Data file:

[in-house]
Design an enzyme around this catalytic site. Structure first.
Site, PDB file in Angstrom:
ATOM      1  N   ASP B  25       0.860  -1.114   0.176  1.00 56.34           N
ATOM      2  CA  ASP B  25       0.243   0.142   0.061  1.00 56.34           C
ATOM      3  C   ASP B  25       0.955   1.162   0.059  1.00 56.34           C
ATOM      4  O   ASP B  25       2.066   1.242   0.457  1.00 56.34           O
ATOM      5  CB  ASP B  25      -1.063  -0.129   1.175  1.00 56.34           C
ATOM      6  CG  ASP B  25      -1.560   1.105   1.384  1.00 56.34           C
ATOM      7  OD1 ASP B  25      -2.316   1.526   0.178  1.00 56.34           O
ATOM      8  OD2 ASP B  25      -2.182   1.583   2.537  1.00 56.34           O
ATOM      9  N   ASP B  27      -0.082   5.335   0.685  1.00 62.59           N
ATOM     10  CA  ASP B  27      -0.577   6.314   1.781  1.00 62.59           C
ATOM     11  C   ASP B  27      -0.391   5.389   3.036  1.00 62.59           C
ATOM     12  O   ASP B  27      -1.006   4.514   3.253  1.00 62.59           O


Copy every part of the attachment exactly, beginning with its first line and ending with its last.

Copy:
[in-house]
Design an enzyme around this catalytic site. Structure first.
Site, PDB file in Angstrom:
ATOM      1  N   ASP B  25       0.860  -1.114   0.176  1.00 56.34           N
ATOM      2  CA  ASP B  25       0.243   0.142   0.061  1.00 56.34           C
ATOM      3  C   ASP B  25       0.955   1.162   0.059  1.00 56.34           C
ATOM      4  O   ASP B  25       2.066   1.242   0.457  1.00 56.34           O
ATOM      5  CB  ASP B  25      -1.063  -0.129   1.175  1.00 56.34           C
ATOM      6  CG  ASP B  25      -1.560   1.105   1.384  1.00 56.34           C
ATOM      7  OD1 ASP B  25      -2.316   1.526   0.178  1.00 56.34           O
ATOM      8  OD2 ASP B  25      -2.182   1.583   2.537  1.00 56.34           O
ATOM      9  N   ASP B  27      -0.082   5.335   0.685  1.00 62.59           N
ATOM     10  CA  ASP B  27      -0.577   6.314   1.781  1.00 62.59           C
ATOM     11  C   ASP B  27      -0.391   5.389   3.036  1.00 62.59           C
ATOM     12  O   ASP B  27      -1.006   4.514   3.253  1.00 62.59           O